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Delaware counties' review of substance use treatment system reveals scale of need

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Delaware Public Media
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A review of Delaware’s substance use treatment network found state service providers currently meet only a fraction of the demand for its services — a challenge particularly acute for those needing the highest levels of care, including inpatient treatment.

New Castle, Kent and Sussex Counties commissioned the study last year in hopes of identifying what elements of the state’s crisis response are working. By the end of 2021, overdose deaths reached an all-time annual high.

Health Management Associates, a Michigan-based research organization, found the state only meets 15 percent of current treatment need – and only 5 percent for the highest-intensity services, including inpatient treatment. Researchers underscore that while that gap is not unusual nationally, nowhere in Delaware adequately provides access to treatment services.

Division of Substance Abuse and Mental Health Director Joanna Champney says the discrepancy between treatment demand and availability may not reflect a shortage of space for inpatient or outpatient care.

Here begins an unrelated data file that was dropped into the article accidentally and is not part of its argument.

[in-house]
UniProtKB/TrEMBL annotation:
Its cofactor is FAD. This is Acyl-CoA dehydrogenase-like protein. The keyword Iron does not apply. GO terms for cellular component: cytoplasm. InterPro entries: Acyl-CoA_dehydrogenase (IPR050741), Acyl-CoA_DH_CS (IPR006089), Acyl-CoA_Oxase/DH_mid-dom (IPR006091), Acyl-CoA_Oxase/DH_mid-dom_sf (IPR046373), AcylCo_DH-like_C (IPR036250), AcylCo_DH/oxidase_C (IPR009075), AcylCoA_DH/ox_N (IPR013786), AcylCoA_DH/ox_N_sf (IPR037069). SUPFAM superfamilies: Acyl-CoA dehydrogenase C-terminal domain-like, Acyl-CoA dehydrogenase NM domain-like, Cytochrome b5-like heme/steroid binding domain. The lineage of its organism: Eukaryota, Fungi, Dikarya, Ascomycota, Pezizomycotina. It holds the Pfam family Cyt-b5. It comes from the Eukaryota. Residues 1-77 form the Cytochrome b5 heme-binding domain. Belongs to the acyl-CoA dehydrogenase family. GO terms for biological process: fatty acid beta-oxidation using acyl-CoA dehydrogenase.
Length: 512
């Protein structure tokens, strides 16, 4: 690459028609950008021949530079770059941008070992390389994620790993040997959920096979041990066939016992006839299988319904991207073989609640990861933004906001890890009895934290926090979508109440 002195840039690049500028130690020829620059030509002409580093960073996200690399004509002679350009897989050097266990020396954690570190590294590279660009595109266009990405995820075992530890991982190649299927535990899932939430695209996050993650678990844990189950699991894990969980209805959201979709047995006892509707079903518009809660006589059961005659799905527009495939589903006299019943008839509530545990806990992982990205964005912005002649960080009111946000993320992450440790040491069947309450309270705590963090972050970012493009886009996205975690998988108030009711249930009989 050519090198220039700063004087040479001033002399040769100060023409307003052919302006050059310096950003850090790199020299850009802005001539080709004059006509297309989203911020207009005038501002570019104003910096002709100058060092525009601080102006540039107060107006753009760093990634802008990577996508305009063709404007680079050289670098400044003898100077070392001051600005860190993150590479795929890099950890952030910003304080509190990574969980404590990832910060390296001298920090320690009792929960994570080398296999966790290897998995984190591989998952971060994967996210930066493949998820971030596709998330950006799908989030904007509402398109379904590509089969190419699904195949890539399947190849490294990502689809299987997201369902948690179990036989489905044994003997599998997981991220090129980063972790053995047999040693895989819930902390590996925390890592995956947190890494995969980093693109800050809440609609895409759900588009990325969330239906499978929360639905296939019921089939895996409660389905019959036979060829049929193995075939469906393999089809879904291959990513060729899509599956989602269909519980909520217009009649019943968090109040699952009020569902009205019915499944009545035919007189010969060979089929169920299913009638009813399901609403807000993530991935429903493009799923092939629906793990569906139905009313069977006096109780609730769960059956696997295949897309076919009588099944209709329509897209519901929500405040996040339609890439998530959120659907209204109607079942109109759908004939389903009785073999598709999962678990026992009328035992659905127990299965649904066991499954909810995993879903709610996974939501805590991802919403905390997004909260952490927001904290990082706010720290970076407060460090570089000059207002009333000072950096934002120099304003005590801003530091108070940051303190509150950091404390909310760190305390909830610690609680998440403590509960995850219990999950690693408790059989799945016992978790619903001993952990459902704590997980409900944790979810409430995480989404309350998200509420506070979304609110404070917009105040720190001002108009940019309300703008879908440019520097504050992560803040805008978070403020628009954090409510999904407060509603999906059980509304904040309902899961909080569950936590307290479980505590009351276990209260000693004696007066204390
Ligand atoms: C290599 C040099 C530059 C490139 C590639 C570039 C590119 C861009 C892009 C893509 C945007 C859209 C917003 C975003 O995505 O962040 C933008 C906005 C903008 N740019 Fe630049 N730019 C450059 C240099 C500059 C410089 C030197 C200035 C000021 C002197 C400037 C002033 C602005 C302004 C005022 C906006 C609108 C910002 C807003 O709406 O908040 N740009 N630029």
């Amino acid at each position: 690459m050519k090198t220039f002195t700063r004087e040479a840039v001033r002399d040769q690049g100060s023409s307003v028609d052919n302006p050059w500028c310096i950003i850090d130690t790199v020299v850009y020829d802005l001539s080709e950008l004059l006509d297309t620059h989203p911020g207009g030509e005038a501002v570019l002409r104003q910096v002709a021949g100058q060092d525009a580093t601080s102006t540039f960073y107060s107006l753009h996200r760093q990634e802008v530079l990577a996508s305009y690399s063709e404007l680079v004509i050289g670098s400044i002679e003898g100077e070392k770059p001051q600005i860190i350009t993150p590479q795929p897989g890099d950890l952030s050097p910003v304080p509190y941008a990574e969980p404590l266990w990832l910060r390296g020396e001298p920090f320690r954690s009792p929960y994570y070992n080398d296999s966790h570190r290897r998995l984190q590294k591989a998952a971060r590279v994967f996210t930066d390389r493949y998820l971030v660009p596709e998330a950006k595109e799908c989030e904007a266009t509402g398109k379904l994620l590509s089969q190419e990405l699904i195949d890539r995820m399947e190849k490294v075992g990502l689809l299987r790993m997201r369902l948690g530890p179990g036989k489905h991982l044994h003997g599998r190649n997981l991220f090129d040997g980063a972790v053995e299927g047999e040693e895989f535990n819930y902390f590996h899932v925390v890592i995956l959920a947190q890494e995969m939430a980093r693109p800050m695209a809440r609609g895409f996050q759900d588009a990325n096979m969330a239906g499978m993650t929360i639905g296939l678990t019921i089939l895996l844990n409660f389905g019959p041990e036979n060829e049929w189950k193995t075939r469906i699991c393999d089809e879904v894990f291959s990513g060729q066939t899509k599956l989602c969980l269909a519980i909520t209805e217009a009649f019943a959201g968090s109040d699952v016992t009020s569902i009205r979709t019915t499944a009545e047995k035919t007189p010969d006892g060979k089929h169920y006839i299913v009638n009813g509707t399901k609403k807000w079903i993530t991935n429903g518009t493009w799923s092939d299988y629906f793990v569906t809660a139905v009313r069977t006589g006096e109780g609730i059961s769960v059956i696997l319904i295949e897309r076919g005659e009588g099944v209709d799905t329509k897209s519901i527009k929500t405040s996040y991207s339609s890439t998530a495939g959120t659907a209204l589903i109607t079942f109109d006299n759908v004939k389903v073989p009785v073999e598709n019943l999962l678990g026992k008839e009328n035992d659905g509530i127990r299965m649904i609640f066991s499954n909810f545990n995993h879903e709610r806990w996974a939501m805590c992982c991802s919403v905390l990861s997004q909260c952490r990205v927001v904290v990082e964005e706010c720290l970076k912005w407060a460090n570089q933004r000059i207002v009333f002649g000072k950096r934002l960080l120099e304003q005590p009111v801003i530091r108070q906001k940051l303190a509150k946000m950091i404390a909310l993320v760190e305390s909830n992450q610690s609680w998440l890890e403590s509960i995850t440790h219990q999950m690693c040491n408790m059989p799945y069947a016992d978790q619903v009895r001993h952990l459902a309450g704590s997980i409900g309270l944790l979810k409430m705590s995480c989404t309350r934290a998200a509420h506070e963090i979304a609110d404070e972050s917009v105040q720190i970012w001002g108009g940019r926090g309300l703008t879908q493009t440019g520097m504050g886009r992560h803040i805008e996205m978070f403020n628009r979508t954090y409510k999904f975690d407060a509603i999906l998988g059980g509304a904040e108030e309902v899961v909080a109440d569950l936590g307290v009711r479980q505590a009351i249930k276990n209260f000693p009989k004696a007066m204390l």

“It’s not necessarily that there’s this giant waiting list or that we don’t have the beds for inpatient or spaces for outpatient," she said, "but that there’s a disconnect with people understanding how to access publicly funded treatment.”

One of the researchers, Muriel Kramer, says healthcare providers can better meet demand if they – and their patients – have clearer information about how to efficiently access the right level of care.

“Sometimes, we hear that providers are reluctant to initiate treatment because they don’t know where they’re going to send a person next," she said. "Every provider in your system needs to know the system that’s out there and where they’re going to send people.”

In addition to efforts to improve coordination and awareness between stakeholders in the treatment system, Champney notes her agency plans to direct additional dollars toward expanding publicly funded inpatient and outpatient treatment capacity.

Meanwhile, Delaware’s Department of Health and Social Services is proposing an increase in the Medicaid reimbursement rate for substance use treatment – part of a broader plan to retain and attract more staff to meet Delaware’s rising demand.

Paul Kiefer comes to Delaware from Seattle, where he covered policing, prisons and public safety for the local news site PubliCola.